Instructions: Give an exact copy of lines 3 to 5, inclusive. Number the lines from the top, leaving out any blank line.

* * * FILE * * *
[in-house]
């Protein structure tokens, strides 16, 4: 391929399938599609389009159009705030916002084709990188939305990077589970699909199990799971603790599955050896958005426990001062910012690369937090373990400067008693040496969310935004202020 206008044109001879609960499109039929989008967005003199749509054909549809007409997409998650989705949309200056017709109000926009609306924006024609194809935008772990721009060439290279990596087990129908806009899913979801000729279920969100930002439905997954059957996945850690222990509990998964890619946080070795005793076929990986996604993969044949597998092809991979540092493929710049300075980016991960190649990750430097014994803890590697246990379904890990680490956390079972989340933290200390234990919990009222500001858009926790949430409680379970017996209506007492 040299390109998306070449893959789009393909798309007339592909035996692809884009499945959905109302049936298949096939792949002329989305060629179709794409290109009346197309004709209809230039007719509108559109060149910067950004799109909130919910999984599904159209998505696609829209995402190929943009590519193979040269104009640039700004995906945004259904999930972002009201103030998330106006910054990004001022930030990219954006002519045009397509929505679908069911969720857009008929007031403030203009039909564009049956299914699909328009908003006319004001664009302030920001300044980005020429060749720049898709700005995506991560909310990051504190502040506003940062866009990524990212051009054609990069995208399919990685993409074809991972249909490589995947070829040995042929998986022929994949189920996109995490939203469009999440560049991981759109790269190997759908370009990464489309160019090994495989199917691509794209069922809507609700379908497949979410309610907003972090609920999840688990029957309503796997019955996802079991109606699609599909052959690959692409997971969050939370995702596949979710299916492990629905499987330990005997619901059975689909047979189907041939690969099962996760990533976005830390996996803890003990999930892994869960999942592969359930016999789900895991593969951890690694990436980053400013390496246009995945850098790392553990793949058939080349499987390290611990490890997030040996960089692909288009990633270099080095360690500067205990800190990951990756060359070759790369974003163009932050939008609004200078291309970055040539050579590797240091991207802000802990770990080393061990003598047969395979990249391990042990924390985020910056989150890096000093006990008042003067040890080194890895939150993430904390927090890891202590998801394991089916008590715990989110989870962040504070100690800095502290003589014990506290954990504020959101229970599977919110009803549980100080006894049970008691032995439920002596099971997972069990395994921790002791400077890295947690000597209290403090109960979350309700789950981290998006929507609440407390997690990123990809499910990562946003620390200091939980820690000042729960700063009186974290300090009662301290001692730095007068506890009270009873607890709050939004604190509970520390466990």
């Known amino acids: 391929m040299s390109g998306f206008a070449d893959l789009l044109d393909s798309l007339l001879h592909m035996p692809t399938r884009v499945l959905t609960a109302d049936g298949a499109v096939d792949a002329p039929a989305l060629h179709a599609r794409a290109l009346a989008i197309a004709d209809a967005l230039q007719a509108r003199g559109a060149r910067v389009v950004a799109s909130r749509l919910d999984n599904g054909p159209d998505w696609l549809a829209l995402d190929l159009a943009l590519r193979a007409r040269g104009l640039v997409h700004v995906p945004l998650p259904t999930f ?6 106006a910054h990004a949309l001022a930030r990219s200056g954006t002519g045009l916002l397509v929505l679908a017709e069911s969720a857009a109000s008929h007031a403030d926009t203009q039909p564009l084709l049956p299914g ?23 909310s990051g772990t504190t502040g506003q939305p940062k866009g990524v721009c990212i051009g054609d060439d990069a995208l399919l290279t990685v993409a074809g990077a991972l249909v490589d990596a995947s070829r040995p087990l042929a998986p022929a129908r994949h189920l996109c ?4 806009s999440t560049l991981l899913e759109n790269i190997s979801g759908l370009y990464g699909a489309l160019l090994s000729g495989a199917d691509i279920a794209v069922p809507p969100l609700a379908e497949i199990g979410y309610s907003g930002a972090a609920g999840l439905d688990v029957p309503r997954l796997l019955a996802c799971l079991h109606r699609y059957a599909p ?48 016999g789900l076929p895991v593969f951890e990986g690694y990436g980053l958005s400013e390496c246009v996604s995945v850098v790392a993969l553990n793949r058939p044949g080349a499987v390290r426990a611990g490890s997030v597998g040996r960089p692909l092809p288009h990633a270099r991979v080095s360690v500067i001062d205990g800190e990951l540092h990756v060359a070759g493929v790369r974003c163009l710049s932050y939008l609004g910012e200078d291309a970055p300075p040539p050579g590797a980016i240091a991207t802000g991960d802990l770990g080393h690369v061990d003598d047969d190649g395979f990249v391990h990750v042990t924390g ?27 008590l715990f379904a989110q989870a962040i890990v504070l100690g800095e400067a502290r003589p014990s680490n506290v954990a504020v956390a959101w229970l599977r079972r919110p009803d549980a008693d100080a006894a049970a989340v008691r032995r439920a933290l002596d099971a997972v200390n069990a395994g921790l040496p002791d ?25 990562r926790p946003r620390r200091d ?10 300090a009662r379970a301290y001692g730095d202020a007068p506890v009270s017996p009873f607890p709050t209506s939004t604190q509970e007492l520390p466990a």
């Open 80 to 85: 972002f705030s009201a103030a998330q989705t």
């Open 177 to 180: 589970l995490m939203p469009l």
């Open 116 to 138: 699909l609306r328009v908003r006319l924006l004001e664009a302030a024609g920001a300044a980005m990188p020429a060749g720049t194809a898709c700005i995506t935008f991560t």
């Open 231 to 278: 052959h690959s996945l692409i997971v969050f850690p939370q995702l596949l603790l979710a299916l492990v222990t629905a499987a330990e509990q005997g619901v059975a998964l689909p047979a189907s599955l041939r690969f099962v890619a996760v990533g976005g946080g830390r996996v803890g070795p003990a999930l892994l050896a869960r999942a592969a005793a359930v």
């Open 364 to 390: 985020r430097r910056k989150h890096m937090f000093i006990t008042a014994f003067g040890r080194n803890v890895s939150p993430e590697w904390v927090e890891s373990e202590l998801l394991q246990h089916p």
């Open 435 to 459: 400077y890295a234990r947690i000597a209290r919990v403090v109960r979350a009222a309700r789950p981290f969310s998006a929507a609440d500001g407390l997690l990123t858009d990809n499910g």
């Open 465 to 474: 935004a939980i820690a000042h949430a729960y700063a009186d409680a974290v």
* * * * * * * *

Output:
């Known amino acids: 391929m040299s390109g998306f206008a070449d893959l789009l044109d393909s798309l007339l001879h592909m035996p692809t399938r884009v499945l959905t609960a109302d049936g298949a499109v096939d792949a002329p039929a989305l060629h179709a599609r794409a290109l009346a989008i197309a004709d209809a967005l230039q007719a509108r003199g559109a060149r910067v389009v950004a799109s909130r749509l919910d999984n599904g054909p159209d998505w696609l549809a829209l995402d190929l159009a943009l590519r193979a007409r040269g104009l640039v997409h700004v995906p945004l998650p259904t999930f ?6 106006a910054h990004a949309l001022a930030r990219s200056g954006t002519g045009l916002l397509v929505l679908a017709e069911s969720a857009a109000s008929h007031a403030d926009t203009q039909p564009l084709l049956p299914g ?23 909310s990051g772990t504190t502040g506003q939305p940062k866009g990524v721009c990212i051009g054609d060439d990069a995208l399919l290279t990685v993409a074809g990077a991972l249909v490589d990596a995947s070829r040995p087990l042929a998986p022929a129908r994949h189920l996109c ?4 806009s999440t560049l991981l899913e759109n790269i190997s979801g759908l370009y990464g699909a489309l160019l090994s000729g495989a199917d691509i279920a794209v069922p809507p969100l609700a379908e497949i199990g979410y309610s907003g930002a972090a609920g999840l439905d688990v029957p309503r997954l796997l019955a996802c799971l079991h109606r699609y059957a599909p ?48 016999g789900l076929p895991v593969f951890e990986g690694y990436g980053l958005s400013e390496c246009v996604s995945v850098v790392a993969l553990n793949r058939p044949g080349a499987v390290r426990a611990g490890s997030v597998g040996r960089p692909l092809p288009h990633a270099r991979v080095s360690v500067i001062d205990g800190e990951l540092h990756v060359a070759g493929v790369r974003c163009l710049s932050y939008l609004g910012e200078d291309a970055p300075p040539p050579g590797a980016i240091a991207t802000g991960d802990l770990g080393h690369v061990d003598d047969d190649g395979f990249v391990h990750v042990t924390g ?27 008590l715990f379904a989110q989870a962040i890990v504070l100690g800095e400067a502290r003589p014990s680490n506290v954990a504020v956390a959101w229970l599977r079972r919110p009803d549980a008693d100080a006894a049970a989340v008691r032995r439920a933290l002596d099971a997972v200390n069990a395994g921790l040496p002791d ?25 990562r926790p946003r620390r200091d ?10 300090a009662r379970a301290y001692g730095d202020a007068p506890v009270s017996p009873f607890p709050t209506s939004t604190q509970e007492l520390p466990a």
């Open 80 to 85: 972002f705030s009201a103030a998330q989705t």
């Open 177 to 180: 589970l995490m939203p469009l």